OLYMPIA — Attorney General Bob Ferguson today issued the following statement after the Washington State Supreme Court declined to review a request to block Albertsons’ $4 billion dividend payment. An order temporarily blocking this payout will expire today as a result of the court’s order.
“The issues raised in our legal challenge are important to grocery workers and hardworking Washingtonians who must access affordable groceries to feed themselves and their families,” Ferguson said. “We respect the decision of the Court, but we are surprised and disappointed the Supreme Court decided not to hear this case. That said, I want to be clear: This merger is far from a done deal. My team and I will be conducting a thorough review.”
Ferguson filed a lawsuit on Nov. 1 to block Albertson Companies Inc. from enriching its shareholders with a $4 billion payout before a proposed merger with The Kroger Co. can be reviewed by state and federal antitrust enforcers. The “special dividend” payment, Ferguson argues, risks severely undercutting the grocery giant’s ability to compete during the lengthy time period government regulators — including Washington — will be scrutinizing the merger.
According to Securities & Exchange Commission filings, this $4 billion dividend exceeds Albertsons’ cash on hand. Albertsons revealed in a recent filing that it will pay for the dividend with $2.5 billion in cash on hand and borrow the rest. Albertsons planned to pay out the dividends on Nov. 7.
The court granted Ferguson’s motion for temporary restraining order on Nov. 3. King County Superior Court Judge declined the state’s motion for a preliminary injunction, which would have blocked the dividend for the duration of the case, but extended the temporary restraining order while the Washington State Supreme Court considered Ferguson’s request to review the case. That temporary restraining order will expire now that the request has been declined.
The two grocery giants own other companies with stores in Washington. Albertsons owns Safeway and Haggen, while Kroger owns QFC and Fred Meyer. Albertsons and Kroger account for the vast majority of grocery stores in Washington, with 216 Safeway and Albertsons stores in the state and 114 Kroger-owned Fred Meyer and QFC stores.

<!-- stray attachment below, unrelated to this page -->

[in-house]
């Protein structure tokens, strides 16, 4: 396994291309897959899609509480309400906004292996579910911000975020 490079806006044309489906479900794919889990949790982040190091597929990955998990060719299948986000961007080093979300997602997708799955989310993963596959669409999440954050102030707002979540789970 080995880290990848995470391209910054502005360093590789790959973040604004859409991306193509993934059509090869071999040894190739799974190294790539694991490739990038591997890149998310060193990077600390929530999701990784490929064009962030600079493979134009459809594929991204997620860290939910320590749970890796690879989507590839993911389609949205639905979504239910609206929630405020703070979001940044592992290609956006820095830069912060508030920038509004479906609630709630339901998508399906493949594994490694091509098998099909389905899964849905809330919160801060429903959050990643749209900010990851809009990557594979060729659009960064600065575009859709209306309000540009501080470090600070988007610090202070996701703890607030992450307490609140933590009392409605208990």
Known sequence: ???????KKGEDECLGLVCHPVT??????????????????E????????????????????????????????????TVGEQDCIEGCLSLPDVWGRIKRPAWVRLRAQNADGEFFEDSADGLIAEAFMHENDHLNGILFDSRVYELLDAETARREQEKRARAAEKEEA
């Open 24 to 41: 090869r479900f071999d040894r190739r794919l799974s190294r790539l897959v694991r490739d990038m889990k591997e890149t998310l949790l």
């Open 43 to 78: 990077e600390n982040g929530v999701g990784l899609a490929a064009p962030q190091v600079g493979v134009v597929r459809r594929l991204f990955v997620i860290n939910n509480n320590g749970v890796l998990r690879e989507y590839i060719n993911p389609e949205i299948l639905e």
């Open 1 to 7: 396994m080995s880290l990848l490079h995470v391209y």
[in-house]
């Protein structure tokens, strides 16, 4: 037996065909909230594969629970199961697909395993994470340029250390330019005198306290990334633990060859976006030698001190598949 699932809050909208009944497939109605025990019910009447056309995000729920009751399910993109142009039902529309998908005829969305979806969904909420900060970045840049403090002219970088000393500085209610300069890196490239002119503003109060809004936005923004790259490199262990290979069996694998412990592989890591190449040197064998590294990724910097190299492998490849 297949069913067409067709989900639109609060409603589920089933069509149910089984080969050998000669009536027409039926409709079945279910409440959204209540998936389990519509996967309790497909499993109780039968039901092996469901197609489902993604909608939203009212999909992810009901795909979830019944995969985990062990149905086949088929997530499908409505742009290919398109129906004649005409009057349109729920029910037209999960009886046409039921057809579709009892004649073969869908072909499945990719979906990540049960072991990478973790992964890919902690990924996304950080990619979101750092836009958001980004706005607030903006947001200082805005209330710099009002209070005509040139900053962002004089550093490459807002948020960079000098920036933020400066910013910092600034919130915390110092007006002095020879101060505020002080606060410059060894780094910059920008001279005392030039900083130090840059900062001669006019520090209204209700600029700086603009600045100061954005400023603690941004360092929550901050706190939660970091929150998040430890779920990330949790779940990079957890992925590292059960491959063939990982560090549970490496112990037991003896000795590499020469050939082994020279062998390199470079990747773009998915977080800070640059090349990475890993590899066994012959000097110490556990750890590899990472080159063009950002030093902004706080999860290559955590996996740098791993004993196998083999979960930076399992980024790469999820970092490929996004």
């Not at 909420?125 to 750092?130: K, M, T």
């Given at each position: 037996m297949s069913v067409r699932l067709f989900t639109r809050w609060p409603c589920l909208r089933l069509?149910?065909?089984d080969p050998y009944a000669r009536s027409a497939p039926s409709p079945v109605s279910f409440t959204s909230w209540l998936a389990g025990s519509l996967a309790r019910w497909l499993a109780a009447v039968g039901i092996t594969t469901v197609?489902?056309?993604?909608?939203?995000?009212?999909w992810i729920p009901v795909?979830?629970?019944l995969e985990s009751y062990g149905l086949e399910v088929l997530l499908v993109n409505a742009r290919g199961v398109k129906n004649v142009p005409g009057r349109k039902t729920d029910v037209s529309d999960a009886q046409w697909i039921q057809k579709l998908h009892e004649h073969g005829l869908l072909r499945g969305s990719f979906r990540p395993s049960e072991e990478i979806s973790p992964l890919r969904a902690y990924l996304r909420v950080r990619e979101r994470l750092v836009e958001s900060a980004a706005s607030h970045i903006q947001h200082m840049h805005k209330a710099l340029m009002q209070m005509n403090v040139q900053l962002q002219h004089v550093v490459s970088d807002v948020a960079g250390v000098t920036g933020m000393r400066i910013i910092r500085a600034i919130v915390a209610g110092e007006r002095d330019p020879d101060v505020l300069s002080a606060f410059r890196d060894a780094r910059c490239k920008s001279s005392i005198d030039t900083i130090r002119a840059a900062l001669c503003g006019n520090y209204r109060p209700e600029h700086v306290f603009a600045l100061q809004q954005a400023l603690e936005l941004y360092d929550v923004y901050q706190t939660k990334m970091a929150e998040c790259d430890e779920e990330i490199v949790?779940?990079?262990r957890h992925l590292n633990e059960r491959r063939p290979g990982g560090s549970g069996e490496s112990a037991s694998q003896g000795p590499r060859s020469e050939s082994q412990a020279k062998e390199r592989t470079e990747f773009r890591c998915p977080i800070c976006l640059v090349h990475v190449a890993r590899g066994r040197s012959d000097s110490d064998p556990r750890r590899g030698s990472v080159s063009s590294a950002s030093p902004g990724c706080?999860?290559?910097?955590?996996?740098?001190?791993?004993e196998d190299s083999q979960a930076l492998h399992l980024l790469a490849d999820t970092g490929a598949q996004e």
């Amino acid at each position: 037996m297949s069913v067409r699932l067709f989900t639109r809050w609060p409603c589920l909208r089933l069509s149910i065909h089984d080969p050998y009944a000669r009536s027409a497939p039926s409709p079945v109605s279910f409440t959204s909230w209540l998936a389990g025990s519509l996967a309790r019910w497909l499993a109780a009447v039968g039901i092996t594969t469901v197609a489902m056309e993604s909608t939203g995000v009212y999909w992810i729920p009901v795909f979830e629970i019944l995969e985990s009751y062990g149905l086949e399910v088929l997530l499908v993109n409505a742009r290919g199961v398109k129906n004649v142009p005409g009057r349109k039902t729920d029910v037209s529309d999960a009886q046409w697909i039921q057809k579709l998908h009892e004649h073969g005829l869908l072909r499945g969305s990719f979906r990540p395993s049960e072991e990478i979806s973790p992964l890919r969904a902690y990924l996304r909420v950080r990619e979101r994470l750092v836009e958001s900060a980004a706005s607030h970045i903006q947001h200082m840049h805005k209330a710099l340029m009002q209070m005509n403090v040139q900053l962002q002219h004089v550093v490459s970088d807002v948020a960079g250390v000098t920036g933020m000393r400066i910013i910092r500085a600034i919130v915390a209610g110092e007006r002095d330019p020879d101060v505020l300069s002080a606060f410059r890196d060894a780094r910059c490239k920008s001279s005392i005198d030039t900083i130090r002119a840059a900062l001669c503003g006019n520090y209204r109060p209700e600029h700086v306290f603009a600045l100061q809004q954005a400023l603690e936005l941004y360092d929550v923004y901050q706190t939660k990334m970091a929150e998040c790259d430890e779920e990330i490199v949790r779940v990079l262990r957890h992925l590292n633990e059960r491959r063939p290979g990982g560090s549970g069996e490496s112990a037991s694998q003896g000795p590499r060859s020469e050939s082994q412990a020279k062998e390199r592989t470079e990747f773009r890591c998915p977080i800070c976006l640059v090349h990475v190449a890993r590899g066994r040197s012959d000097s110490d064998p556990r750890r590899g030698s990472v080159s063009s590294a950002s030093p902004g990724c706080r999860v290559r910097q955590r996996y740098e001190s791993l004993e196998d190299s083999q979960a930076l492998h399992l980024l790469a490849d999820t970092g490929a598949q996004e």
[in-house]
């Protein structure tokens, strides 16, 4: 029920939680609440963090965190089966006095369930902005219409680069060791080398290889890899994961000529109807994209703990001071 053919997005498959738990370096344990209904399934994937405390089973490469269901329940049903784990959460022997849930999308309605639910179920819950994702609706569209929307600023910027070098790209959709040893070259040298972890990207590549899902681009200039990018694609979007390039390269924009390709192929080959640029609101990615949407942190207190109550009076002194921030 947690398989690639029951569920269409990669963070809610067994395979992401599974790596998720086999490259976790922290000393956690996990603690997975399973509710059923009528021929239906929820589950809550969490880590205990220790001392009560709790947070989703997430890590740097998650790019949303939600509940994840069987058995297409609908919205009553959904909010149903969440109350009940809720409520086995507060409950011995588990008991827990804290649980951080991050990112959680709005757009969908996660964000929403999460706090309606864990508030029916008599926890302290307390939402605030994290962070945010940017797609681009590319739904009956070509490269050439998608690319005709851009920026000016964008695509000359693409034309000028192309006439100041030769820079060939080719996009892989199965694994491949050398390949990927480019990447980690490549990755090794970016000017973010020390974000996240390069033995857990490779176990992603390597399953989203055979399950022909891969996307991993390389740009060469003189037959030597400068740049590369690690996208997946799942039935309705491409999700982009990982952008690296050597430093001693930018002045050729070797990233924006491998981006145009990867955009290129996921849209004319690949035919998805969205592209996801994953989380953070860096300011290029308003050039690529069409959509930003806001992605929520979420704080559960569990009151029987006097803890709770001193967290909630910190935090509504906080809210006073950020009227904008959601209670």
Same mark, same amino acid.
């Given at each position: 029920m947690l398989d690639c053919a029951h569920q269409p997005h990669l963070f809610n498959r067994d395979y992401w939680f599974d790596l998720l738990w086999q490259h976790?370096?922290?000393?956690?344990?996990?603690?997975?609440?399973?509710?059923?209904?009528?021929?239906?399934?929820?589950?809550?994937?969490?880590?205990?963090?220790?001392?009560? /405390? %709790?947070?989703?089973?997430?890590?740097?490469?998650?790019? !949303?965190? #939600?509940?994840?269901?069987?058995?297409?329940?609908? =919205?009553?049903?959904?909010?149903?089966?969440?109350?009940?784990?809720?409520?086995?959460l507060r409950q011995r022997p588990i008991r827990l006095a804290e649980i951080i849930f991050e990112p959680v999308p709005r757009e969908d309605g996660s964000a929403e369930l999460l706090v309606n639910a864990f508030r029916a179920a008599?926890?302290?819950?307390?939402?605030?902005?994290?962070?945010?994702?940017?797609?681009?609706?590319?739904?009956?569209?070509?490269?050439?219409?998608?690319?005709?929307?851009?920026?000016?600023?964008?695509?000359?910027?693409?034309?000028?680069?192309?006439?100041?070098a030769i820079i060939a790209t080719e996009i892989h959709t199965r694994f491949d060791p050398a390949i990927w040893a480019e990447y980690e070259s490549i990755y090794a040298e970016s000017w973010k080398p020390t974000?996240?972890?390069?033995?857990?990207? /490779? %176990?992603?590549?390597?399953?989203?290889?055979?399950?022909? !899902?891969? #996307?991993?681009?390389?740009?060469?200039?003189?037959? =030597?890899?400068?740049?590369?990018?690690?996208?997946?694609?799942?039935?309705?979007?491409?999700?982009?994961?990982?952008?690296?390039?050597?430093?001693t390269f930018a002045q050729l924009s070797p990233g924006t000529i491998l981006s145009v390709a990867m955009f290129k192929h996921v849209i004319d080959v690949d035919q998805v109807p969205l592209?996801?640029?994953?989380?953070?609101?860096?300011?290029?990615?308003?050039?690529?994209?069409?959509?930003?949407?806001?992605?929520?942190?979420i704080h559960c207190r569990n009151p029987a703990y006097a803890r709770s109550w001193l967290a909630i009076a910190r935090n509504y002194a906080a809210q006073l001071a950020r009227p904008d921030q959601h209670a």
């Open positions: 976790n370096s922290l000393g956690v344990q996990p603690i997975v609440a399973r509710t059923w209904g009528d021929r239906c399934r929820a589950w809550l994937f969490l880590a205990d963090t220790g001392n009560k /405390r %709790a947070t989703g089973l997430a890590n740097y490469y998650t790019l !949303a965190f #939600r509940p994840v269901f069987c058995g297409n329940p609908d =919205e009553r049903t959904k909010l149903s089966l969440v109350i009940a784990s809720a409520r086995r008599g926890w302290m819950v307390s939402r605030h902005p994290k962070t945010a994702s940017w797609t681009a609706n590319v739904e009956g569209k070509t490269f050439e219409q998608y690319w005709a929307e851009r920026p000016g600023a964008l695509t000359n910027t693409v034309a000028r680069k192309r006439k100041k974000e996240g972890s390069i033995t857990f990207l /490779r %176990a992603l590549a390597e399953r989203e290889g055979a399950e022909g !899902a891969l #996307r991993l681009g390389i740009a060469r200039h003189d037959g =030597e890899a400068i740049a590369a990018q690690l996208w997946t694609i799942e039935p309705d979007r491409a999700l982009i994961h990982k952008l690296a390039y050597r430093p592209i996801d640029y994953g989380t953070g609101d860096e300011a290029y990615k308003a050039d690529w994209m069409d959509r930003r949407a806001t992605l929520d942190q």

After the merger announcement, The Seattle Times, citing numbers from Nielsen, reported that more than half of households in the Seattle metro area alone most frequently shop at a store owned by one of the companies.
Nationwide, Kroger and Albertsons have nearly 800,000 employees in nearly 5,000 stores across 48 states and the District of Columbia.
On Oct. 26, Ferguson partnered with a bipartisan group of six attorneys general from around the country to urge Albertsons to delay paying the special dividends until the states complete their review of the proposed merger. In the letter, the attorney generals cite that the $4 billion payout represents about a third of Albertsons’ total stock value. In its response, Albertsons declined to delay paying the special dividend. The lawsuit accuses Kroger and Albertsons of violating state antitrust laws and the Consumer Protection Act. Due to severely reducing its cash on hand, the payout could diminish Albertsons’ ability to keep up on inventory orders, forcing customers to go to other grocery stores when shelves are not stocked with the products they seek. Less inventory to stock could also impact employee hours.
Washington’s Attorney General serves the people and the state of Washington. As the state’s largest law firm, the Attorney General’s Office provides legal representation to every state agency, board, and commission in Washington. Additionally, the Office serves the people directly by enforcing consumer protection, civil rights, and environmental protection laws. The Office also prosecutes elder abuse, Medicaid fraud, and handles sexually violent predator cases in 38 of Washington’s 39 counties. Visit www.atg.wa.gov to learn more.
Brionna Aho, Communications Director, (360) 753-2727; Brionna.firstname.lastname@example.org
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